Monday, October 11, 2010

How To Lend On Kiva

I like Kiva. Sarah-Jane Whittaker sent me a kiva gift certificate circa 2006 and I've been lending ever since. It's fun and it probably makes the world a better place. I added more of my own money and have recently been lending under the Church of the Flying Spaghetti Monster.

I wonder though how to maximize the world's-a-better-place-ness of kiva interactions. Each time you lend, they by default ask for a donation to kiva. I always unselect this. I'm not convinced they need that kind of support from their lending base and it seems underhanded to have it selected by default.

Another thing you'll notice after lending on kiva is that your loans are always paid back. That's nice, but absurd. People default on loans, especially poor people on unstable countries. It must be that the field partner covers the defaults to maintain their high kiva rating.

If you think about it for a while, you'll have to conclude that kiva is not what it seems. David Roodman gives an excellent explanation of this. The reality is that you're not lending directly to some far-away entrepreneur. That would be inefficient and absurd. You are in fact supporting Kiva Field Partners aka Microfinance Institutions (MFIs).

So when you decide to lend on kiva, the crucial world's-a-better-place-ness question is not: Should I lend to Mohira Kholikova from Tajikistan or Nelly from Bolivia? The question is: Which Kiva Field Partner should I loan through? or Which Kiva Field Partner gives the best deal to the borrower/entrepreneur?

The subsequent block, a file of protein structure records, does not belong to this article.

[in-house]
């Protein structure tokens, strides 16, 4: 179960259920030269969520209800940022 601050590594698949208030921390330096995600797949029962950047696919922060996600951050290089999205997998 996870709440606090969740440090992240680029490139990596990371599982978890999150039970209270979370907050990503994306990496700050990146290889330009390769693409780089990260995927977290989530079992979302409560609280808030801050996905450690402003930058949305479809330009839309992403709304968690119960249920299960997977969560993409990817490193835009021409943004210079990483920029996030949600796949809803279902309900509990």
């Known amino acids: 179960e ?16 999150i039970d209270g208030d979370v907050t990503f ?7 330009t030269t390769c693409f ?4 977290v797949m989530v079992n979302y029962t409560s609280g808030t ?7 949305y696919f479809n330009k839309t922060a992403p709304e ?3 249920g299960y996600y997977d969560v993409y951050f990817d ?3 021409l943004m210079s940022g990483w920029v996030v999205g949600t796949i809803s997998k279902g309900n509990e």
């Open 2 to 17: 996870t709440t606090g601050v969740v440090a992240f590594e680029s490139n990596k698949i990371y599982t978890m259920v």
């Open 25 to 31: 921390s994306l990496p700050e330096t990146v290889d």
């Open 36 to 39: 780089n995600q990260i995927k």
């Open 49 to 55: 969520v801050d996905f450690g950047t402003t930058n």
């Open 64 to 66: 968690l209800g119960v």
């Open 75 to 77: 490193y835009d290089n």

I searched through the Kiva Field Partners in Oct. 2010 looking for all that met the following criteria.
- Field Partner Risk Rating: at least a three stars.
- Portfolio Yield: no more than 40%
- Profitability (Return on Assets): no more than 4%
- Average Loan Size (% of Per Capita Income): no more than 300%

That may not be the best metric. I'm open to suggestions. It's hard to know. Low profitability might just mean bad management. High yield might just mean that borrowers cover a wide region with bad roads and therefore represent larger operating costs. But you have to draw the line somewhere. Here they are:

Armenia > Nor Horizon Universal Credit Organization Limited Liability Company
Nicaragua > Fundación Leon 2000
Guatemala > Asociación ASDIR
Ecuador > Banco D-MIRO S.A.
Ecuador > Cooperativa San Jose
Lebanon > Ameen s.a.l.
Mongolia > XacBank
Peru > Asociación Arariwa

Each of the field partner pages has a link on the right-sidebar to "See all fundraising loans from this field partner", so you can first pick a partner you trust, then a profile you like then lend. Have fun.

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